Financial markets have been turbulent in recent weeks as demand for safe-haven Treasury securities has pushed those yields down sharply while rates on other types of corporate bonds have been pushed higher by growing concerns about whether the bonds will be repaid.
Those crosscurrents have been reflected in mortgage rates, which also have been on a rollercoaster, hitting a high for the year of 6.63 percent in late July and then dropping below 6 percent in mid-September.
The recent turmoil in credit markets has pushed those rates up from a seven-month low of 5.78 percent on Sept. 18, to above 6 percent for the past two weeks.
Other rates were mixed this week, according to the Freddie Mac survey.
Rates on 15-year fixed-rate mortgages, which are popular with people who are refinancing, edged up to 5.78 percent, compared to 5.77 percent last week.
Rates on five-year adjustable-rate mortgages dipped slightly to 6 percent from 6.02 percent last week. Rates on one-year adjustable-rate mortgages were unchanged at 5.16 percent.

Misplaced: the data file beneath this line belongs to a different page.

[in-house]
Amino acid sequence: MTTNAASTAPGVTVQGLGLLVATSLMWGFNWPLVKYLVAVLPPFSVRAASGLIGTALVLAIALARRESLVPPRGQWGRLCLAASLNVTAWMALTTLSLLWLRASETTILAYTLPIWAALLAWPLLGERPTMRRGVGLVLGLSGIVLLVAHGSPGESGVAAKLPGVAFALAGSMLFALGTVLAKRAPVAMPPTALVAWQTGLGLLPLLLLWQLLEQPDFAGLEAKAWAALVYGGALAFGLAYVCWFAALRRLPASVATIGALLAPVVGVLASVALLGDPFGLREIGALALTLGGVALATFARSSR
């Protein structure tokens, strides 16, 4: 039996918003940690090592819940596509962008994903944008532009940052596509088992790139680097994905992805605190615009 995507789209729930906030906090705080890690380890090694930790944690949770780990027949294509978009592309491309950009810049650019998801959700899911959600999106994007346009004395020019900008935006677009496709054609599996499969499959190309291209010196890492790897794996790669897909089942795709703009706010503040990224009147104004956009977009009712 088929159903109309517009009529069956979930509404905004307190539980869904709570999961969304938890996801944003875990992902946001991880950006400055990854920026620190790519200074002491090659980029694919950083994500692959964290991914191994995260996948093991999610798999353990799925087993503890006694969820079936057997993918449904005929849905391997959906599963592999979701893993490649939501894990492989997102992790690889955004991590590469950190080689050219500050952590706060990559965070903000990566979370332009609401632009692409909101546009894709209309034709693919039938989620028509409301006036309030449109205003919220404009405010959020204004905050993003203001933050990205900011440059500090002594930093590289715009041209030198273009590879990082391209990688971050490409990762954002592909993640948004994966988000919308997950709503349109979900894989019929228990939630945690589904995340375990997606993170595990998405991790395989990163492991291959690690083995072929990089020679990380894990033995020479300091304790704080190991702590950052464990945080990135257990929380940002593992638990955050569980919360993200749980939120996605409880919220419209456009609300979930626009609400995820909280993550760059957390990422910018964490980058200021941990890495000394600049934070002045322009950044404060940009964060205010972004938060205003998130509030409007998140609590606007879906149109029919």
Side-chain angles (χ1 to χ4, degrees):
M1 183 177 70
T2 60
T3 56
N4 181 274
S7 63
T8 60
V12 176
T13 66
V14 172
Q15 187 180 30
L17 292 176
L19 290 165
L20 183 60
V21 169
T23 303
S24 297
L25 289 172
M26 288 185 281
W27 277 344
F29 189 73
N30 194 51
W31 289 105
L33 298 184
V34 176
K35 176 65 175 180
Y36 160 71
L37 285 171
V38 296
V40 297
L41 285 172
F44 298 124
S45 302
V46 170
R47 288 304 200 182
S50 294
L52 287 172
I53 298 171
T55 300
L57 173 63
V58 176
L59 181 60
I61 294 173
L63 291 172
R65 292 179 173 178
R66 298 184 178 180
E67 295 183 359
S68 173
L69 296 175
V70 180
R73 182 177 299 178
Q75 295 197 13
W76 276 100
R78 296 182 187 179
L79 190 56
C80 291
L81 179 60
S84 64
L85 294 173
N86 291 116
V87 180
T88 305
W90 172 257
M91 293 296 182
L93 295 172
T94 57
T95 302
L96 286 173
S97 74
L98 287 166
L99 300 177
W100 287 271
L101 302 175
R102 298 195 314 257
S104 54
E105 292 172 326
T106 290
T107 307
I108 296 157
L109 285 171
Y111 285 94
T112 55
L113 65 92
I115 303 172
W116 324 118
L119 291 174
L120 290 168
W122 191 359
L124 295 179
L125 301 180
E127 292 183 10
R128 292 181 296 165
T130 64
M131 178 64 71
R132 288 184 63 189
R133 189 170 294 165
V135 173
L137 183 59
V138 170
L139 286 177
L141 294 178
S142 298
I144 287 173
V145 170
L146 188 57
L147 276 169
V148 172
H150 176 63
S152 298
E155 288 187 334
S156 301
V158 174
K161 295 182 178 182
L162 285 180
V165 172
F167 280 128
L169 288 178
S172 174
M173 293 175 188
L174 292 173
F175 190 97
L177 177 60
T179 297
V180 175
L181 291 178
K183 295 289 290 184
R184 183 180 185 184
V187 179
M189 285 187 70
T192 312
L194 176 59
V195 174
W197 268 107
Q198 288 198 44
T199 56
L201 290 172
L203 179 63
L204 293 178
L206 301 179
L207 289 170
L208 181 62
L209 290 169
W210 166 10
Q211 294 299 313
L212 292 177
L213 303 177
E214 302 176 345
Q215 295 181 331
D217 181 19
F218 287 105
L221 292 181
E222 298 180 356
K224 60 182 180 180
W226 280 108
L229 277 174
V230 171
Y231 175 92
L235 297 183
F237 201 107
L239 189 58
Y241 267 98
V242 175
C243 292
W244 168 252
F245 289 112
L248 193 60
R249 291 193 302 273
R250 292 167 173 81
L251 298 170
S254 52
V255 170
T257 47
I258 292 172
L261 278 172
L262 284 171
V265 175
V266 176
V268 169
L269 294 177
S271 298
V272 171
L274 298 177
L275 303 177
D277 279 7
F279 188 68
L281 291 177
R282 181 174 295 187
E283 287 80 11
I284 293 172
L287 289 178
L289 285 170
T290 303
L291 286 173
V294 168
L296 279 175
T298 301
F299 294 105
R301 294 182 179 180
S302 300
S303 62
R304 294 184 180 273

Frank Nothaft, chief economist at Freddie Mac, noted that the rise in mortgage rates from lows hit two weeks ago had dampened a spurt in refinancings. The Mortgage Bankers Association reported that loan applications fell 23 percent last week.
The mortgage rates do not include add-on fees known as points. The nationwide fee for 30-year, 15-year and five-year mortgages averaged 0.6 point. The average fee for one-year adjustable-rate mortgages was 0.5 point.
A year ago, the nationwide average rate on 30-year mortgages stood at 6.37 percent, 15-year mortgage rates averaged 6.03 percent, five-year adjustable-rate mortgages were at 6.11 percent, and one-year adjustable-rate mortgages stood at 5.58 percent.
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Freddie Mac: http://www.freddiemac.com